Women are often, in law or in practice, unable to access legal institutions. UNWomen has said that, "Too often, justice institutions, including the police and the courts, deny women justice".
"Harmful traditional practices" refer to forms of violence which are committed in certain communities often enough to become cultural practice, and accepted for that reason. Young women are the main victims of such acts, although men can be affected. They occur in an environment where women and girls have unequal rights and opportunities. These practices include, according to the Office of the United Nations High Commissioner for Human Rights:
Female genital mutilation is defined as "procedures that intentionally alter or cause injury to the female genital organs for non-medical reasons". The practice is concentrated in 29 countries in Africa and the Middle East, and it often has serious negative health consequences. It is most commonly carried out on girls between infancy and 15 years old.
Son preference refers to a cultural preference for sons over daughters, and manifests itself through practices such as sex selective abortion; female infanticide; or abandonment, neglect or abuse of girl-children.
Early marriage, child marriage or forced marriage is prevalent in parts of Asia and Africa. The majority of victims seeking advice are female and aged between 18 and 23; it can have harmful effects on a girl's education and development, and may expose girls to social isolation or abuse.
Abuses regarding nutrition are taboos in regard to certain foods, which result in poor nutrition of women, and may endanger their health, especially if pregnant.
Women's ability to control their fertility is often reduced. For instance, in northern Ghana, the payment of bride price signifies a woman's requirement to bear children, and women using birth control face threats, violence and reprisals. Births in parts of Africa are often attended by traditional birth attendants (TBAs), who sometimes perform rituals that are dangerous to the health of the mother. In many societies, a difficult labour is believed to be a divine punishment for marital infidelity, and such women face abuse and are pressured to "confess" to the infidelity.
Tribal traditions can be harmful to males; for instance, the Satere-Mawe tribe use bullet ants as an initiation rite. Men must wear gloves with hundreds of bullet ants woven in for ten minutes: the ants' stings cause severe pain and paralysis. This experience must be completed twenty times for boys to be considered "warriors".
The way women are represented in the media has been criticized as interfering with the aim of achieving gender equality by perpetuating negative gender stereotypes. The exploitation of women in mass media refers to the criticisms that are levied against the use or portrayal of women in the mass media, when such use or portrayal aims at increasing the appeal of media or a product, to the detriment of, or without regard to, the interests of the women portrayed, or women in general. Concerns include the fact that the media has the power to shape the population's perceptions and to influence ideas, and therefore the sexist portrayals of women in the media may impact on how society sees and treats women in real life. One common criticism of the way women are represented in the media is that the media reinforces stereotypical societal views of "what women are for", by portraying women either as submissive housewives or as sex objects.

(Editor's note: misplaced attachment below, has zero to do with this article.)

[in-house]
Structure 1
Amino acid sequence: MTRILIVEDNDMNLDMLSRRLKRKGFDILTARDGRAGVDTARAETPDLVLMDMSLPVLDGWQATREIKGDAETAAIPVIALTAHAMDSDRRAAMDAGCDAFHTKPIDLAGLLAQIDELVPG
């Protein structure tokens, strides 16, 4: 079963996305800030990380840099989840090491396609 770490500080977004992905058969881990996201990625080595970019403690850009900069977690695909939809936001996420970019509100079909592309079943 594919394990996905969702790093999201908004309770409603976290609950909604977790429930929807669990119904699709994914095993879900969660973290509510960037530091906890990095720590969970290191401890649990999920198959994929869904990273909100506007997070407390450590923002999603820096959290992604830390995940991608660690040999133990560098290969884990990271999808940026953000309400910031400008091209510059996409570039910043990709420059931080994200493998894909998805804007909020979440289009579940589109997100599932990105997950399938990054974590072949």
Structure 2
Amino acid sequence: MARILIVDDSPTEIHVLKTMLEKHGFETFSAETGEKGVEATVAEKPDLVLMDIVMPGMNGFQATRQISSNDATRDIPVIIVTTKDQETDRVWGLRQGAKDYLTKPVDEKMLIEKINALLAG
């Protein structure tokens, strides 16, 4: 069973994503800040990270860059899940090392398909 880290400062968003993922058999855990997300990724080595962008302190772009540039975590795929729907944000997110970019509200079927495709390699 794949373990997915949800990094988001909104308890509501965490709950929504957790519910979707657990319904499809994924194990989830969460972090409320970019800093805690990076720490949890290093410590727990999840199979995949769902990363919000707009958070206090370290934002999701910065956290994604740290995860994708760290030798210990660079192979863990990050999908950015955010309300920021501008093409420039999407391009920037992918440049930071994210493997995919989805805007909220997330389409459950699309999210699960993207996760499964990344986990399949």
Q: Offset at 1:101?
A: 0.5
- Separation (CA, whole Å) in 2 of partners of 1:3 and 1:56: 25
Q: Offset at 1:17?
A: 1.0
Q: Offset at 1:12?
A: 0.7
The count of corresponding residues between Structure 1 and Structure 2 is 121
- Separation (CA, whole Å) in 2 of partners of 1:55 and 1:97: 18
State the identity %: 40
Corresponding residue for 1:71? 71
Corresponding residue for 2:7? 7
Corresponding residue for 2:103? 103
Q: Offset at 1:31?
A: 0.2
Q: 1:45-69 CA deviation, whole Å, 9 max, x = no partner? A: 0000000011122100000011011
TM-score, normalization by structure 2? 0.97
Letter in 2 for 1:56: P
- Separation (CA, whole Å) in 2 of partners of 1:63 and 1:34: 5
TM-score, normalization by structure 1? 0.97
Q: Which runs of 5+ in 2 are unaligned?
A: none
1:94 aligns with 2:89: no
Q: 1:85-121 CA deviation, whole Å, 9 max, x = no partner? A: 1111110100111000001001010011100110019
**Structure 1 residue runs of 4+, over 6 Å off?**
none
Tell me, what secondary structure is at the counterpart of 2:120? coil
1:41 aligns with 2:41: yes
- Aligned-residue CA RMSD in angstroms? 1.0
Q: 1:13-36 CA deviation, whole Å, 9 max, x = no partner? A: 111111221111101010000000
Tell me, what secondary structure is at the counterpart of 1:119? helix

Social constructs of gender (that is, cultural ideals of socially acceptable masculinity and femininity) often have a negative effect on health. The WHO cites the example of women not being allowed to travel alone outside the home (to go to the hospital), and women being prevented by cultural norms to ask their husbands to use a condom, in cultures which simultaneously encourage male promiscuity, as social norms that harm women's health. Teenage boys suffering accidents due to social expectations of impressing their peers through risk taking, and men dying at much higher rate from lung cancer due to smoking, in cultures which link smoking to masculinity, are cited by the WHO as examples of gender norms negatively affecting men's health. The WHO has also stated that there is a strong connection between gender socialization and transmission and lack of adequate management of HIV/AIDS.
Gender mainstreaming is the public policy of assessing the different implications for women and men of any planned policy action, including legislation and programmes, in all areas and levels, with the aim of achieving gender equality. The concept of gender mainstreaming was first proposed at the 1985 Third World Conference on Women in Nairobi, Kenya. The idea has been developed in the United Nations development community. Gender mainstreaming "involves ensuring that gender perspectives and attention to the goal of gender equality are central to all activities".
According to the Council of Europe definition: "Gender mainstreaming is the (re)organisation, improvement, development and evaluation of policy processes, so that a gender equality perspective is incorporated in all policies at all levels and at all stages, by the actors normally involved in policy-making."